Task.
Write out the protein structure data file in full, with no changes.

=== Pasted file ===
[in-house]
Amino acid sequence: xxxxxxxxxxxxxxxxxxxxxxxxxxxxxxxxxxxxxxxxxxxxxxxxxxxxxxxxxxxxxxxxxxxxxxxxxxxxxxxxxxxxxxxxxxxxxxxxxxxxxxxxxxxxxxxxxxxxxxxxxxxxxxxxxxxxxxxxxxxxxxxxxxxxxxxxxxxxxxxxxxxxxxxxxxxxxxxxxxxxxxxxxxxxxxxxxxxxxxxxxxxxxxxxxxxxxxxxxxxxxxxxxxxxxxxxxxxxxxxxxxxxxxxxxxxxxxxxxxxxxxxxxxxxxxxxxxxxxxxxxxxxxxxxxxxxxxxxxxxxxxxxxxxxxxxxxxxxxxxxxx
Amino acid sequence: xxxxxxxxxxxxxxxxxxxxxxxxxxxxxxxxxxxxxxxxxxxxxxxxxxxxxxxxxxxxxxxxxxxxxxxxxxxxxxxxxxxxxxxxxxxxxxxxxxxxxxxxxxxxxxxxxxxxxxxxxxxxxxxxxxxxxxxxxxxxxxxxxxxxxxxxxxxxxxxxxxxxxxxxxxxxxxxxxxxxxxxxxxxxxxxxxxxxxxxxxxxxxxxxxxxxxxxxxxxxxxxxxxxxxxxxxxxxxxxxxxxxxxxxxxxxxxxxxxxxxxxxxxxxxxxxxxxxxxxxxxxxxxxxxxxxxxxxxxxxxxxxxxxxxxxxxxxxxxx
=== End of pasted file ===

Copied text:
[in-house]
Amino acid sequence: xxxxxxxxxxxxxxxxxxxxxxxxxxxxxxxxxxxxxxxxxxxxxxxxxxxxxxxxxxxxxxxxxxxxxxxxxxxxxxxxxxxxxxxxxxxxxxxxxxxxxxxxxxxxxxxxxxxxxxxxxxxxxxxxxxxxxxxxxxxxxxxxxxxxxxxxxxxxxxxxxxxxxxxxxxxxxxxxxxxxxxxxxxxxxxxxxxxxxxxxxxxxxxxxxxxxxxxxxxxxxxxxxxxxxxxxxxxxxxxxxxxxxxxxxxxxxxxxxxxxxxxxxxxxxxxxxxxxxxxxxxxxxxxxxxxxxxxxxxxxxxxxxxxxxxxxxxxxxxxxxx
Amino acid sequence: xxxxxxxxxxxxxxxxxxxxxxxxxxxxxxxxxxxxxxxxxxxxxxxxxxxxxxxxxxxxxxxxxxxxxxxxxxxxxxxxxxxxxxxxxxxxxxxxxxxxxxxxxxxxxxxxxxxxxxxxxxxxxxxxxxxxxxxxxxxxxxxxxxxxxxxxxxxxxxxxxxxxxxxxxxxxxxxxxxxxxxxxxxxxxxxxxxxxxxxxxxxxxxxxxxxxxxxxxxxxxxxxxxxxxxxxxxxxxxxxxxxxxxxxxxxxxxxxxxxxxxxxxxxxxxxxxxxxxxxxxxxxxxxxxxxxxxxxxxxxxxxxxxxxxxxxxxxxxxx